Corey Coleman could be a solid option for the Philadelphia Eagles in their search for wide receiver depth.
The annual NFL Scouting Combine is just 2 days away, as the Philadephia Eagles brass prepares to take to the skies on its way to arguably the biggest scouting conglomerate of the year. Once there, Eagles officials hope to observe and probe potential targets in order to reaffirm their process, and to gauge propensities and personalities to get a more intimate knowledge of those who are on the board come April. Among those whom the organization will undoubtedly have a close eye on is former Baylor superstar wide receiver Corey Coleman.
It’s no secret that the Eagles wide receivers failed to meet expectations in 2016. Jordan Matthews began the season poised for a breakout, then battled a hand injury and a litany of drops before recapturing form in the season’s latter stages. Josh Huff picked up where he left off in 2014, for the most part; relatively effective as a returner, but maddeningly inconsistent as a pass-catcher. Meanwhile, Nelson Agholor grappled with drops and lower leg injuries that proved an insurmountable hindrance in his rookie campaign. Although there’s an argument to be had against allocating premium resources (again) into the WR position (*future post*), adding a veritable lightning rod like Corey Coleman has undeniable value.
Coleman is listed at 5’11” 190lbs, which should put him around the 20th and 25th percentiles for height and weight among prospects, respectively; however, the diminutive receiver plays much larger than his size indicates. He’s not Steve Smith in this regard, but Coleman possesses the ball skills and leaping ability to play the ball in the air, and does so regularly, routinely making the acrobatic catches not typically associated with the prototype deep-threat receivers. This skill of course coincides with athleticism, explosiveness, and tracking ability; all of which Coleman possesses in spades. It’s fair to wonder if Coleman would be the consensus WR1 – and likely top 5 pick – if he were just 6’2″.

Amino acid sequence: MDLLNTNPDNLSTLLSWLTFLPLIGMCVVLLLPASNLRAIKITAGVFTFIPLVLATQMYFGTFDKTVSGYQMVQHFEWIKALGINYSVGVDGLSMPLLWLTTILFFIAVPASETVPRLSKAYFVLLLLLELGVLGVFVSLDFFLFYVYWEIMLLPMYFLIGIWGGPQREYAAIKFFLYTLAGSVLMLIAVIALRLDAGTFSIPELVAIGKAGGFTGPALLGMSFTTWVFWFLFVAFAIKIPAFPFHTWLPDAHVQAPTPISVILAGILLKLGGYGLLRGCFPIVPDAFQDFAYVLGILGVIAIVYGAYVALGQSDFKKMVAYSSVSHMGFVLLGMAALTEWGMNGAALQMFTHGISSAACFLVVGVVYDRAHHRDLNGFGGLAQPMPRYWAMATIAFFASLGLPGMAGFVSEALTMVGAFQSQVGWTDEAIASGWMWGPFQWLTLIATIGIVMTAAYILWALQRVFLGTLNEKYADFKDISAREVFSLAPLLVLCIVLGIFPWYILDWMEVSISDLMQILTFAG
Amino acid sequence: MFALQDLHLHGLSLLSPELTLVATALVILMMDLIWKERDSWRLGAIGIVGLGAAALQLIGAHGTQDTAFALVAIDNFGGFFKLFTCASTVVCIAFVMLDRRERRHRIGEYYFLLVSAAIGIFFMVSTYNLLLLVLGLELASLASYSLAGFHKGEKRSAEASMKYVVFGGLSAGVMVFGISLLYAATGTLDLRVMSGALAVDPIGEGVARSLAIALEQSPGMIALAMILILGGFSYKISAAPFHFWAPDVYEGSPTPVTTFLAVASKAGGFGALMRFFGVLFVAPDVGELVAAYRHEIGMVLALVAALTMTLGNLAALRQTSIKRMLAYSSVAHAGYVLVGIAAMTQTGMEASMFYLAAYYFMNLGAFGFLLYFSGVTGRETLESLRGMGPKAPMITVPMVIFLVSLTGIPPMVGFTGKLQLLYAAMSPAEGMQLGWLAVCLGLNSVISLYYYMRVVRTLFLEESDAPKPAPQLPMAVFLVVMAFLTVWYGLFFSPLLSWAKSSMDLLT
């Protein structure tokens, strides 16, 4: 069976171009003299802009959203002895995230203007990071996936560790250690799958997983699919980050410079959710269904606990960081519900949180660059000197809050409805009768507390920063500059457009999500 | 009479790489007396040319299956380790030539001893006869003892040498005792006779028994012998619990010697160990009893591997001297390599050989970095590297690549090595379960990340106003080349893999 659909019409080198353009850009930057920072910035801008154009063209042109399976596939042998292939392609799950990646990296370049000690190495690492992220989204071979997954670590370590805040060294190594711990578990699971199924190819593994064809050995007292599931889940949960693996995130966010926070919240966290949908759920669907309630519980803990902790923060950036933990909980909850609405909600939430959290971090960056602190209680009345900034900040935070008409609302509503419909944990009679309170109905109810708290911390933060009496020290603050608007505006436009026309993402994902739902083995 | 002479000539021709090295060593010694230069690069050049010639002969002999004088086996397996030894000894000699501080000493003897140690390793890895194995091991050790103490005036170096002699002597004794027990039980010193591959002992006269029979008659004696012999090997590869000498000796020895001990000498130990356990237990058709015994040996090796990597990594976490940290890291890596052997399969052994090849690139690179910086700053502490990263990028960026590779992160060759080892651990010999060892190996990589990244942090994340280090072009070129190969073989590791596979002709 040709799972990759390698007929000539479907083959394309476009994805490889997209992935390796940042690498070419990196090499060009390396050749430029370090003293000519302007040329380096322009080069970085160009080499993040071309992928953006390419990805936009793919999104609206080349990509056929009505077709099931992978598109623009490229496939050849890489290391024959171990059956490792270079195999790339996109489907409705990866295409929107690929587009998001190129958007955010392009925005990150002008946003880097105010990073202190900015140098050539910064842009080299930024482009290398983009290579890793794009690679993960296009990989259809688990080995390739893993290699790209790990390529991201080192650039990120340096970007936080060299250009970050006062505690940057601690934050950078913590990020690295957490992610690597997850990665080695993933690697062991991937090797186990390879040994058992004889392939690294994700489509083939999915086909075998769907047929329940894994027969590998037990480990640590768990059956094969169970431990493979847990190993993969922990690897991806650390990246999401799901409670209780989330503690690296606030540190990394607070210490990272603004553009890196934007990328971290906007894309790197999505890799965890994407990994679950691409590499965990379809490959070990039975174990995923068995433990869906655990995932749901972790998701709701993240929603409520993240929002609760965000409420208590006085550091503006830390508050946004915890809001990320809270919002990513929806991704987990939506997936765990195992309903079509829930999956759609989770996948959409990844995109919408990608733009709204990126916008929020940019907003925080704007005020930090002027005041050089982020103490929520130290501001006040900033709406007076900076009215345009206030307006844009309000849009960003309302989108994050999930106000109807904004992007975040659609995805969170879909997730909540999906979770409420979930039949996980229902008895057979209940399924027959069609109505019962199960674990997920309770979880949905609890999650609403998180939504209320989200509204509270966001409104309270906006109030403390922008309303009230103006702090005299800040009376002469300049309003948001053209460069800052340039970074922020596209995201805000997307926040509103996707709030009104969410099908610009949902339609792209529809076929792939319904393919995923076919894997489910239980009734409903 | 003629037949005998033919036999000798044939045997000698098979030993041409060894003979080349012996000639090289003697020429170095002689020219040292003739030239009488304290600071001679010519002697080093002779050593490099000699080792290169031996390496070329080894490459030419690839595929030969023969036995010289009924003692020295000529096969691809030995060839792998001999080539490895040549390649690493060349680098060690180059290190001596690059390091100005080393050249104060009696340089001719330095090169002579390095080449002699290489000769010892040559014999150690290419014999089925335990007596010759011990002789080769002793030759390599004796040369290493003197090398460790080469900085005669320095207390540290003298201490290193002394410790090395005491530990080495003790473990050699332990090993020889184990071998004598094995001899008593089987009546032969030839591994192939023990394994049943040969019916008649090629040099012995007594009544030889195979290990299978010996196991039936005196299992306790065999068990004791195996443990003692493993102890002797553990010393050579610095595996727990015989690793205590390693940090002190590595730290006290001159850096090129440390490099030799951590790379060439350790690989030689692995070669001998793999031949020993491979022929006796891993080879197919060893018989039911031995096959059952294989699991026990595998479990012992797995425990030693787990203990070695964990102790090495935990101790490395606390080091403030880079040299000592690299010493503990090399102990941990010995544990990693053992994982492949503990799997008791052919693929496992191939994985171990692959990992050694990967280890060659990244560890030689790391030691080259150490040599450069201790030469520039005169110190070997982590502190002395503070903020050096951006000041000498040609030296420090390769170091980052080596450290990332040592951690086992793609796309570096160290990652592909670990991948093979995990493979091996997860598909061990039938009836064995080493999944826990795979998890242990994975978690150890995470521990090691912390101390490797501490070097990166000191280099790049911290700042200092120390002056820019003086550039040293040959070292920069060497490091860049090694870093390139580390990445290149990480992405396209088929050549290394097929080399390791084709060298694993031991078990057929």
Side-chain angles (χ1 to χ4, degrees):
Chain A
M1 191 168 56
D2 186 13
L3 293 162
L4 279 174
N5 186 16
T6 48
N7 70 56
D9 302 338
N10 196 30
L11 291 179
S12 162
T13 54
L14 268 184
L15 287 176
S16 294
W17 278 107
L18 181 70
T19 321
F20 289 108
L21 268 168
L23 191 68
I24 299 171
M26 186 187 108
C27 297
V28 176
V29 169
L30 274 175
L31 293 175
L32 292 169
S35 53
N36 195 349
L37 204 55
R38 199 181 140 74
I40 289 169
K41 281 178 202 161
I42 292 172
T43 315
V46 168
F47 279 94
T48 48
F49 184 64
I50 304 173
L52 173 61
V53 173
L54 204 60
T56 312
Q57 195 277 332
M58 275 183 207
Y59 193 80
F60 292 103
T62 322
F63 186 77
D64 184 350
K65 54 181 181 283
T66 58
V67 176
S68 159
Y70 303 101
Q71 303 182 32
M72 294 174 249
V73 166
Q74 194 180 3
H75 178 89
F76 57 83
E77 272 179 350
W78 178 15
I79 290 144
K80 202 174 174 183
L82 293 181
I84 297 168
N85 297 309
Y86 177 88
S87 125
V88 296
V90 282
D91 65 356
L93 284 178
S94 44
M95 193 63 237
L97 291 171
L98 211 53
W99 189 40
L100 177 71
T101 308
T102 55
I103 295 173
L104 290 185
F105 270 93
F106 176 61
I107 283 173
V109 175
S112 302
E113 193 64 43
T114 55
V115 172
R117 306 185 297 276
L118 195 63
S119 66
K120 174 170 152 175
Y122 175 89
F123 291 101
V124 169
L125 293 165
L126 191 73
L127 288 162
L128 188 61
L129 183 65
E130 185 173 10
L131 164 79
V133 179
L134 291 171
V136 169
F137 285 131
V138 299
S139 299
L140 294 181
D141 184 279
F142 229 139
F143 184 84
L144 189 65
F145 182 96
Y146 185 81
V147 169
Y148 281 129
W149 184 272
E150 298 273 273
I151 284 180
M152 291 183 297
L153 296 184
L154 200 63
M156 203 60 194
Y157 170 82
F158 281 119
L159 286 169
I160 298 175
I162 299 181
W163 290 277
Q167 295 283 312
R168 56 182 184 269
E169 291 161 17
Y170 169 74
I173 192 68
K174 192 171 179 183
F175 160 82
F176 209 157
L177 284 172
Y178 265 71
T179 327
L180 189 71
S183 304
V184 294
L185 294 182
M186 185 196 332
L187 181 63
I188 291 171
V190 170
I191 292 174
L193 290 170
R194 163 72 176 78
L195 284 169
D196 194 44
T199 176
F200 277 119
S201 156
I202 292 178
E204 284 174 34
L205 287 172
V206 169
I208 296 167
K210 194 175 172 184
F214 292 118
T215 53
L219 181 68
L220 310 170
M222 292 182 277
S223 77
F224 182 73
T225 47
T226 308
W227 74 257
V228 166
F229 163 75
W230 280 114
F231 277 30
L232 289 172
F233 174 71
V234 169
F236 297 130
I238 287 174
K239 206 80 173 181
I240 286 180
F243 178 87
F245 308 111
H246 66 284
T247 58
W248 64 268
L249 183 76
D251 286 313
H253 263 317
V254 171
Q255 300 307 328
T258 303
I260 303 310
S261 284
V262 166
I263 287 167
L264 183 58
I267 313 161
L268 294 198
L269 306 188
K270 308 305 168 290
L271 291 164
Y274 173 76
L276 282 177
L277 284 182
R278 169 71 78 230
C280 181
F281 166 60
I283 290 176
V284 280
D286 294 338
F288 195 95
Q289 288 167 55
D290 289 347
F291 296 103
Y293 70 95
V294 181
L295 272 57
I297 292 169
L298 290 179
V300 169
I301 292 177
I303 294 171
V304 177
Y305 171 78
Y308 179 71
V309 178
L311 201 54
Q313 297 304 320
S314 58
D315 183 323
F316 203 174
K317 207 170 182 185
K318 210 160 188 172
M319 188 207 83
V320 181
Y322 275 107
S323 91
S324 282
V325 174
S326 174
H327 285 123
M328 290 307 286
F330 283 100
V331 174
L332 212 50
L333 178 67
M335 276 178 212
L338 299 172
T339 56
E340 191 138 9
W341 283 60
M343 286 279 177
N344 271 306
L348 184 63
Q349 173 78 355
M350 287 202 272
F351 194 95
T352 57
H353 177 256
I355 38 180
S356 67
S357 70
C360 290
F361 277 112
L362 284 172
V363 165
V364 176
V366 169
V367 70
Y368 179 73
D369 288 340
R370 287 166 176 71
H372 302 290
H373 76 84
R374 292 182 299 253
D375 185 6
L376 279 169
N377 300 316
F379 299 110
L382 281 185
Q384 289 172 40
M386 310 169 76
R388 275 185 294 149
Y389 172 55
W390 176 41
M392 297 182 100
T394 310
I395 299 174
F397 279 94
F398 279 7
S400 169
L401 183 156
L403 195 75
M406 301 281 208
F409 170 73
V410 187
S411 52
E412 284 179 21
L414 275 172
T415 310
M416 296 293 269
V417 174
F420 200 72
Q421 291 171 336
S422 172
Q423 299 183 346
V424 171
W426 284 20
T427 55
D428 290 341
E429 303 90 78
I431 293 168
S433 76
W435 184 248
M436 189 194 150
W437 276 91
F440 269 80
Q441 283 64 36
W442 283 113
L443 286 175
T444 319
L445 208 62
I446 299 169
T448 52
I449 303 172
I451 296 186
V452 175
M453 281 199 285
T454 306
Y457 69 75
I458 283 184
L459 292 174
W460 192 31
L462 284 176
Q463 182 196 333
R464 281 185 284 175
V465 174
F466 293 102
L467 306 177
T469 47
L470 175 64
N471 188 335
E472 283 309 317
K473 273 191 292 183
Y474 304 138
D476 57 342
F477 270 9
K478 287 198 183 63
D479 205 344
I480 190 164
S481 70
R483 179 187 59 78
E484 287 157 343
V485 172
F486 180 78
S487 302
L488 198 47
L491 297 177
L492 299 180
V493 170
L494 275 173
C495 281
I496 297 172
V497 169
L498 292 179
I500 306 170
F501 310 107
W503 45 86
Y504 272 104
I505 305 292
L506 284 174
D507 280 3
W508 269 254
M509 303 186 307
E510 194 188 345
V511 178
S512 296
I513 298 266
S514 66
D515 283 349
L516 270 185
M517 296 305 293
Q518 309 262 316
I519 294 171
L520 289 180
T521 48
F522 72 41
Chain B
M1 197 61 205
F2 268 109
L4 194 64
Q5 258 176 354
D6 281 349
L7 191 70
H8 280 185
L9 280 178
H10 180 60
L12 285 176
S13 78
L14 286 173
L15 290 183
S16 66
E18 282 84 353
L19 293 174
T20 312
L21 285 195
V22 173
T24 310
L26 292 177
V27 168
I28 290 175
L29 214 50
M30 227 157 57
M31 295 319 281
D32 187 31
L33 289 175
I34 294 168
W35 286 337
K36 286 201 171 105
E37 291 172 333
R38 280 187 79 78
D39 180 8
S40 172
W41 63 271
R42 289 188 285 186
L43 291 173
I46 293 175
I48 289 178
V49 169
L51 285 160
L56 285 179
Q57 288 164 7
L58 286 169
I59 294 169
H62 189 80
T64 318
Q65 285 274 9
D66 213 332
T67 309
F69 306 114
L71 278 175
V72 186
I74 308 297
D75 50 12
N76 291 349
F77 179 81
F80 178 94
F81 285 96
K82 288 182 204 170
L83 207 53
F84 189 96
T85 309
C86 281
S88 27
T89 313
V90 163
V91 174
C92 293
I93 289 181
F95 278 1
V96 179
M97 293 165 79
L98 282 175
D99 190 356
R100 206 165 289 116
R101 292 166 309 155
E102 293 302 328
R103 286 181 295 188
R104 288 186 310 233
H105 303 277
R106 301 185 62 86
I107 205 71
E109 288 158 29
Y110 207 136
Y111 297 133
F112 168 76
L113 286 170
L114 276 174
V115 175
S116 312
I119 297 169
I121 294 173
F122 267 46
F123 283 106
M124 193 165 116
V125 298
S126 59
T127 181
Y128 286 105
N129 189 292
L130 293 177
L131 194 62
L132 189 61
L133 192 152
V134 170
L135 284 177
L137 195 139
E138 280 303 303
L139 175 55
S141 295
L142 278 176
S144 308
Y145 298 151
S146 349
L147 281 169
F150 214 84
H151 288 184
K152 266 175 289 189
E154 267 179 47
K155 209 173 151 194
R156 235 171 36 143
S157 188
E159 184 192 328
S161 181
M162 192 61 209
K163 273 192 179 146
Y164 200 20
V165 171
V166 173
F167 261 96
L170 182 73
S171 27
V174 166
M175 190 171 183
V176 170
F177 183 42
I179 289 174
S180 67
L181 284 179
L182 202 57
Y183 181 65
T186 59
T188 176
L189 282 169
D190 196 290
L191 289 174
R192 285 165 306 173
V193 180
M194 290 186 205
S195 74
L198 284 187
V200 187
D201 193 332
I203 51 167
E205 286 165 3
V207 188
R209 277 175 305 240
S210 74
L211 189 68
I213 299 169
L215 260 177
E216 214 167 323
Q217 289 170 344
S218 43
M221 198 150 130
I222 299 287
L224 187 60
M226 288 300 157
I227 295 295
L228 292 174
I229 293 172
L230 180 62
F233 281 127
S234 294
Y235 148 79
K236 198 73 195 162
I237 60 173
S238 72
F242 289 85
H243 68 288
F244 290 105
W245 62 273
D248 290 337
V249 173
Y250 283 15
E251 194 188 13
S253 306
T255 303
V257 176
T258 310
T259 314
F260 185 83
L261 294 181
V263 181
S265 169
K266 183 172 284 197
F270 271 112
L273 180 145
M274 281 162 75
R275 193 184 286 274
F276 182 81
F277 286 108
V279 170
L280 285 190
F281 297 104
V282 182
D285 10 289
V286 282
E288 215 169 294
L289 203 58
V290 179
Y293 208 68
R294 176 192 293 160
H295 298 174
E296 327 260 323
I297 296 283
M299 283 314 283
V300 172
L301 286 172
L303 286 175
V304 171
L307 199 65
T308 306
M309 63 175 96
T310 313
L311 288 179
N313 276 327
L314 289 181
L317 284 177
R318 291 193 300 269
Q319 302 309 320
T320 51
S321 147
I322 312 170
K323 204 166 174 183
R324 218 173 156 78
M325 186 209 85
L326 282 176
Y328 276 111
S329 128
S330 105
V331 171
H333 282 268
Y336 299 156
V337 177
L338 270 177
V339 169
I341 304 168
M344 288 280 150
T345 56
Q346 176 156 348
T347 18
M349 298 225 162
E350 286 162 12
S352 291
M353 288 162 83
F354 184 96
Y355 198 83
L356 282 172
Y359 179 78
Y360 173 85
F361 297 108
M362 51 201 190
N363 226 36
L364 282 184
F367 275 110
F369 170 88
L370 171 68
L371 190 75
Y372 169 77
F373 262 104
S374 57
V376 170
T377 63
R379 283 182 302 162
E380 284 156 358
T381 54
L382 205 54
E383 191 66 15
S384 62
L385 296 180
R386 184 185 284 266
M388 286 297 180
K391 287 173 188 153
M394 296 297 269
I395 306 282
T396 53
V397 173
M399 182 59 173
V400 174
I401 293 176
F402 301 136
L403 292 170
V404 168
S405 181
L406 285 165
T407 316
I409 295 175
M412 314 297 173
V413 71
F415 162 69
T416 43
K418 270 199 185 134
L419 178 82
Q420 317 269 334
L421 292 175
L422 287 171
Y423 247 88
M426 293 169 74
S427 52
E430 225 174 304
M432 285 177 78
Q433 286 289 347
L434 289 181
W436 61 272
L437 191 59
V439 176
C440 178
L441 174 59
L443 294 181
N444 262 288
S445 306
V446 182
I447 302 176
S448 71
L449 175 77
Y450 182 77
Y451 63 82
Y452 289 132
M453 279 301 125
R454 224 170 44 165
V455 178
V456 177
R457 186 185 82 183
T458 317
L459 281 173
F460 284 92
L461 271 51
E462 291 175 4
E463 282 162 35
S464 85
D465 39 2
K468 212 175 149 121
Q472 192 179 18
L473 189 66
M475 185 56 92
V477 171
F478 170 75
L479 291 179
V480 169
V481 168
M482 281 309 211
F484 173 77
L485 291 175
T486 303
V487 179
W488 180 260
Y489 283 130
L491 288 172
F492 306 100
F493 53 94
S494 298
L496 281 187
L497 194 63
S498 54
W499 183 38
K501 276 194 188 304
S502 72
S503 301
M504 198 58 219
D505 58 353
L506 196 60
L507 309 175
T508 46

Every year there’s a premiere deep threat (or several, in recent years). This year, that man is Corey Coleman. Coleman is extremely likely to run somewhere in the 4.3s. In fact, I’d be shocked if he didn’t. Pure top-end speed aside, Coleman isn’t just a dragster, so to speak, he has the ability to gear up and down (particularly the former, and in a hurry), and change direction. He’s a smooth accelerator, and while he doesn’t have a refined route-tree, that doesn’t stop him from being the best pure deep-threat/separator in the class. Simply put, Coleman has the deep-speed alone to abuse NFL corners, making any slight misstep an offense punishable by 6. Very few corners in the league have the recovery speed to make up ground on Coleman. And when Coleman beats defensive backs, he can track the deep ball (as previously mentioned). And when he tracks the deep ball, he has the reach, soft hands, and body control to haul it in. These are the skills of a lethal deep threat, and Corey Coleman has every last one of them.